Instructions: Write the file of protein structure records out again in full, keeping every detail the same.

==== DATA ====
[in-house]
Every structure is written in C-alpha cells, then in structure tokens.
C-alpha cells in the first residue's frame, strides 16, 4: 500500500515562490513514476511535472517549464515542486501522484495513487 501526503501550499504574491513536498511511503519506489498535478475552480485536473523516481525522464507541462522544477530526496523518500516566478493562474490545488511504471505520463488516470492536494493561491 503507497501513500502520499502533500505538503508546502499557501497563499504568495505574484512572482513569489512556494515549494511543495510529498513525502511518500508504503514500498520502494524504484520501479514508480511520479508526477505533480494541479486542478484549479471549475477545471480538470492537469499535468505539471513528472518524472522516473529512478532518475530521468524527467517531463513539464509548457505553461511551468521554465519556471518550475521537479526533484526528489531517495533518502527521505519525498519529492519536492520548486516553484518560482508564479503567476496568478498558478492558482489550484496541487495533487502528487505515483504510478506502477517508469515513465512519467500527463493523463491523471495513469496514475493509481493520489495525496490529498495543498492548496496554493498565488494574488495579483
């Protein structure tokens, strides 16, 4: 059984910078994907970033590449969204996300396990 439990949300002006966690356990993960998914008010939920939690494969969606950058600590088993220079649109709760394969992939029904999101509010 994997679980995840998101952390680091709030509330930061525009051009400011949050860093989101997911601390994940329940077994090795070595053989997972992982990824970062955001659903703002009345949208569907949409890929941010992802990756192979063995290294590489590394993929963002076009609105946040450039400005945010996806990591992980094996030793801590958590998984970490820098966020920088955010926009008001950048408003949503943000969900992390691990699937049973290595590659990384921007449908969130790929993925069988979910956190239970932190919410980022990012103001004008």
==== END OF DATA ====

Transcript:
[in-house]
Every structure is written in C-alpha cells, then in structure tokens.
C-alpha cells in the first residue's frame, strides 16, 4: 500500500515562490513514476511535472517549464515542486501522484495513487 501526503501550499504574491513536498511511503519506489498535478475552480485536473523516481525522464507541462522544477530526496523518500516566478493562474490545488511504471505520463488516470492536494493561491 503507497501513500502520499502533500505538503508546502499557501497563499504568495505574484512572482513569489512556494515549494511543495510529498513525502511518500508504503514500498520502494524504484520501479514508480511520479508526477505533480494541479486542478484549479471549475477545471480538470492537469499535468505539471513528472518524472522516473529512478532518475530521468524527467517531463513539464509548457505553461511551468521554465519556471518550475521537479526533484526528489531517495533518502527521505519525498519529492519536492520548486516553484518560482508564479503567476496568478498558478492558482489550484496541487495533487502528487505515483504510478506502477517508469515513465512519467500527463493523463491523471495513469496514475493509481493520489495525496490529498495543498492548496496554493498565488494574488495579483
């Protein structure tokens, strides 16, 4: 059984910078994907970033590449969204996300396990 439990949300002006966690356990993960998914008010939920939690494969969606950058600590088993220079649109709760394969992939029904999101509010 994997679980995840998101952390680091709030509330930061525009051009400011949050860093989101997911601390994940329940077994090795070595053989997972992982990824970062955001659903703002009345949208569907949409890929941010992802990756192979063995290294590489590394993929963002076009609105946040450039400005945010996806990591992980094996030793801590958590998984970490820098966020920088955010926009008001950048408003949503943000969900992390691990699937049973290595590659990384921007449908969130790929993925069988979910956190239970932190919410980022990012103001004008």